Most of my childhood memories are awash in summer sunshine. Only a few have snow underfoot. Of the snowy ones, the most vivid involves a couple of hand-me-down Radio Flyer sleds and the lumbering Buick Roadmaster that served as our family car for more years than it should have. Sometimes, on a snowy night, my father would tie the sleds to the rear bumper of the big green Buick and drag my brother and me along the dark streets of our Sugar House neighborhood. We lay on our stomachs and tried to steer a zigzag course behind the car. It was more fun than ambushing passing cars with a fusillade of snowballs, another winter memory.
My father’s engagement with winter was limited. I think he tried to avoid it by hunkering down and waiting it out. That explains why he chose the warm car instead of a cold hilltop for sledding. On those January and February weekends when my mother was working and he was in charge of my brother and me, he bought model airplane kits to occupy us. Most were World War II warplanes—the Flying Fortress, P-51 Mustang and Messerschmitt—whose molded-plastic parts were the color of a stormy winter sky. The directions for gluing them together were never clear to me, and so I often had to cope with pieces that were supposed to dovetail and wouldn’t. I soon learned that a screwdriver heated over the flame of the kitchen range would melt enough plastic to convince reluctant pieces to fit together. Once finished, the plane was rigged with black thread, fore and aft, then thumb-tacked to the ceiling of our bedroom.
By the end of February, after a winter’s confinement, I was ready to run—literally ready to run. Months’ worth of pent-up energy was set abuzz by the smell of mud, the first yellow blooms of crocuses in south-facing gardens and the gusting wind. I wanted to run fast enough and far enough to launch a kite.
Buying a kite was my father’s first and last concession to springtime each year. Flying kites held no attraction for him. It was my interest, not his. Kites, like the model airplanes, had to be assembled. Each became a flimsy construct of paper, string, pinewood struts and pieces of bedsheet knotted into a tail. I don’t recall whether the instructions called for a cloth tail, but I always added one in the hope that it would make the kite more air-worthy.
To launch the kite, you had to run into the wind, trailing the kite behind, until some benevolent upward thrust sent it aloft. None of my kites ever made it. They would gain a little altitude, gyrate wildly, then nosedive into the ground with enough speed to rip the paper or break the spindly struts. When the kite was damaged beyond repair or when I had tired of running, I gave up in frustration.
Years later, while living in Pakistan, I watched enviously as little kids launched tailless, arrowhead-shaped kites on days without a whisper of a breeze. Pakistani boys had two passions: cricket and kite-fighting. The latter was the focus of a spring festival each year called Basant. On the Basant weekend, the sky was filled with so many kites it was as if confetti had been caught in updrafts and left to float above the skyline. No rooftop wanted for a group of men and boys maneuvering kites in aerial combat. There probably wasn’t anyone whose palms were not lacerated by kite strings coated with ground glass. The glass-encrusted strings sawed through the others’ lines and sent their kites fluttering to the ground like wounded birds. The battles continued through the night with white kites and spotlights.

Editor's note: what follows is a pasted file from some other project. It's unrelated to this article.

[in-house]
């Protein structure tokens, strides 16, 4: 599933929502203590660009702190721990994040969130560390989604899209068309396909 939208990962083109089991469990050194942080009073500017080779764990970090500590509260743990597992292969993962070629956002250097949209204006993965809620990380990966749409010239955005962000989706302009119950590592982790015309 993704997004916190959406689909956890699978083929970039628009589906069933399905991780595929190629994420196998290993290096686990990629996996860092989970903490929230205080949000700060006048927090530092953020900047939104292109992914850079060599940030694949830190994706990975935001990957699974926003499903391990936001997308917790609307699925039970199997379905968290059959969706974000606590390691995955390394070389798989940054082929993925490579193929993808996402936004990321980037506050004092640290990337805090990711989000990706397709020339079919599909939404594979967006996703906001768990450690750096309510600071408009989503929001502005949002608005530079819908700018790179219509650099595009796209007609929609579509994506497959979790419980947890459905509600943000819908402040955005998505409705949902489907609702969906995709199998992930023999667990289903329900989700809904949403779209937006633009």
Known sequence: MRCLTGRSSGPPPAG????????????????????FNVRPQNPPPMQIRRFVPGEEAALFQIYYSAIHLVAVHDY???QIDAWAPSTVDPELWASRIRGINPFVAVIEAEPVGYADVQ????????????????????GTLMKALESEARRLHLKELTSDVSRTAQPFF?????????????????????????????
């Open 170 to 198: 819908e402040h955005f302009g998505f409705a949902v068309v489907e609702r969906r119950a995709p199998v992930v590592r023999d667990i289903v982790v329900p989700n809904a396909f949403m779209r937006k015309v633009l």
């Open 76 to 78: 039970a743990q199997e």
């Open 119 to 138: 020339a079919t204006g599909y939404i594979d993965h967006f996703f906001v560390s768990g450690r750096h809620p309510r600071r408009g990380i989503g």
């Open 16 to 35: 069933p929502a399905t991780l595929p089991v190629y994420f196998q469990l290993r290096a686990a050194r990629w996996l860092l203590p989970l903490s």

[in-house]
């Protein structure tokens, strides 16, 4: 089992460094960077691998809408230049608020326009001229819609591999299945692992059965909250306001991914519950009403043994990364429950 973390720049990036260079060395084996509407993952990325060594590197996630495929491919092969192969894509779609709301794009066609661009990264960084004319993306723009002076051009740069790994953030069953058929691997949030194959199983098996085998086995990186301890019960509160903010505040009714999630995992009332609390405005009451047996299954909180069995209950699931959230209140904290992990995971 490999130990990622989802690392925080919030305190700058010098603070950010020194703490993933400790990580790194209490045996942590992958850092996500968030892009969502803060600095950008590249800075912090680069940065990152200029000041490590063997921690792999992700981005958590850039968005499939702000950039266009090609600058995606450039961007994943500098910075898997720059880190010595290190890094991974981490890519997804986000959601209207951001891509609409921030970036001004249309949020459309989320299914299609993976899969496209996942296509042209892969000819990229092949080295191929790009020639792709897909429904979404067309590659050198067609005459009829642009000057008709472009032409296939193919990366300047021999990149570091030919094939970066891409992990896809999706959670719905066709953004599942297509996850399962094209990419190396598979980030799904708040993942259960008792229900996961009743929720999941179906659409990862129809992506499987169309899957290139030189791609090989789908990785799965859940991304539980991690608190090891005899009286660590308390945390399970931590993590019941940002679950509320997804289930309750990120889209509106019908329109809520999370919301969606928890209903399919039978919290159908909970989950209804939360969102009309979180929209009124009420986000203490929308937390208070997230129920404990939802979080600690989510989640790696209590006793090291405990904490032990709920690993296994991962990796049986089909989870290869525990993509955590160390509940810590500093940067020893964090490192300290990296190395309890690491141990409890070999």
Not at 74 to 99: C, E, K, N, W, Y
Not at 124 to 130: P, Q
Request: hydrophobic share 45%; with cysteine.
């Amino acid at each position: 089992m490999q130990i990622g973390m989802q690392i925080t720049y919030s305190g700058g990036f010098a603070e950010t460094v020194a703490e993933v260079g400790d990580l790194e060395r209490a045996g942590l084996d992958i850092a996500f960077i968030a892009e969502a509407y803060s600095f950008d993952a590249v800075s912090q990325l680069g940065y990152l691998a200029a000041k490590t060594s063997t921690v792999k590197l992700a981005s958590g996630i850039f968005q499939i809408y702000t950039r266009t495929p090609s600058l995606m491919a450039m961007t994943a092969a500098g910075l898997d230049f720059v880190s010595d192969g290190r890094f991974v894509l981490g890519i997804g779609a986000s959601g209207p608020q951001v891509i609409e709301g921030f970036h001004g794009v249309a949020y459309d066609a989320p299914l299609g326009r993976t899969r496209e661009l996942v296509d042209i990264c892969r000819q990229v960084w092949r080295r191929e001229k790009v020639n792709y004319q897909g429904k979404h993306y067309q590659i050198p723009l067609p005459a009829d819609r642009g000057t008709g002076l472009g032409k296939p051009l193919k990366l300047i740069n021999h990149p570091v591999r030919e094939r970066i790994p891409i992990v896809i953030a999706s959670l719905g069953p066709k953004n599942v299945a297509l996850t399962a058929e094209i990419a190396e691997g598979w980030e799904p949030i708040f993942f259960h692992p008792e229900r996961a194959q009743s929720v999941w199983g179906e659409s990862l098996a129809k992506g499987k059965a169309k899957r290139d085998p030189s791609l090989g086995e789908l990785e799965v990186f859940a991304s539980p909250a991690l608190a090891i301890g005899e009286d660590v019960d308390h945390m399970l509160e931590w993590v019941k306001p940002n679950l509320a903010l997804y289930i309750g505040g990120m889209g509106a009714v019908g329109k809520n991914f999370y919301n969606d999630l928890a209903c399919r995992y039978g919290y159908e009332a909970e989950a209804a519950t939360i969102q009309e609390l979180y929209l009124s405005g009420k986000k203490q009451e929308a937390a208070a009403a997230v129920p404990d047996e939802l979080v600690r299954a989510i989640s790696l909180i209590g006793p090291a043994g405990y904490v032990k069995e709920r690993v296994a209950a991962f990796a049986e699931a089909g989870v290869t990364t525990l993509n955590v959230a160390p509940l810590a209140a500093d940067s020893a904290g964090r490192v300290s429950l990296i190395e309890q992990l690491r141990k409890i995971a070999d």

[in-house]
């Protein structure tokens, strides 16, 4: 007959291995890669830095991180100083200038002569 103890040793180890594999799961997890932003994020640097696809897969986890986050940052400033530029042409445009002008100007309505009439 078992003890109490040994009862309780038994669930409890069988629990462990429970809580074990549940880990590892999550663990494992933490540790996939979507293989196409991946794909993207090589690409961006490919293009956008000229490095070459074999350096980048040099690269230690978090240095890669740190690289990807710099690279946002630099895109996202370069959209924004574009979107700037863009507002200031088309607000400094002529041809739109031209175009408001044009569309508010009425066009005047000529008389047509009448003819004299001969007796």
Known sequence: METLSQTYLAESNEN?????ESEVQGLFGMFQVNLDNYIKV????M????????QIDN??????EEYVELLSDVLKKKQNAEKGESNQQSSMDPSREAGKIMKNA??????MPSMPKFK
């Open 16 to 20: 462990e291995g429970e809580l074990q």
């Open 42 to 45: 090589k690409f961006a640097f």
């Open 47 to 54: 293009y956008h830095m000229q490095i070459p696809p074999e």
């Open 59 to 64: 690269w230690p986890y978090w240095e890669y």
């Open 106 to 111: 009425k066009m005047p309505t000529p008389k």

Casualties were the dark side of Basant. Some people fell off roofs. Some were electrocuted when kites rigged with fine-gauge wire touched high-tension power lines. Kite runners, impoverished kids chasing drifting kites, raced headlong into traffic and were hit by cars. In 2007, the mounting fatalities caused the government to ban Basant. That’s equivalent to canceling the Super Bowl.
Earlier this year, a proposal to revive the traditional festival in designated areas was greeted enthusiastically across Pakistan. Only Islamist radicals objected darkly, calling Basant “un-Islamic, owing to its Hindu origin.” So, despite Basant’s near-unanimous popularity in the country, the government shelved the revival plan.
Pakistani officials were criticized for being cowed by zealots just as Orrin Hatch, Mike Lee and 52 other senators were called out for being sufficiently cowed by zealots to vote down gun-control measures favored by 90 percent of Americans. Sure, the underlying motivations were different—Pakistani politicians worry about violence, American politicians worry about money—but it seems to me that when the preponderance of the population wants something, they ought to get it. Our elected officials don’t necessarily see it that way. Their votes are dictated more by self-interest than by regard for the commonweal. As a result, only 1 in 3 Americans believe senators and congressmen are well-intentioned, according to the Pew Research Center, and trust in the federal government to operate in America’s best interests is eroding. A 2005 survey by the Annenberg Public Policy Center shows that 42 percent of Americans have lost faith in the government. I’ll bet the percentage is higher after the intervening years of gridlock in Washington.
My disgust for Hatch, Lee and others of their self-interested ilk will fade. My memories of kite-flying will not. They return like crocuses each spring when the March wind blows in, melting the snow in a shady corner, rattling the storm windows, and sweeping away my cynicism along with winter’s suffocating smog.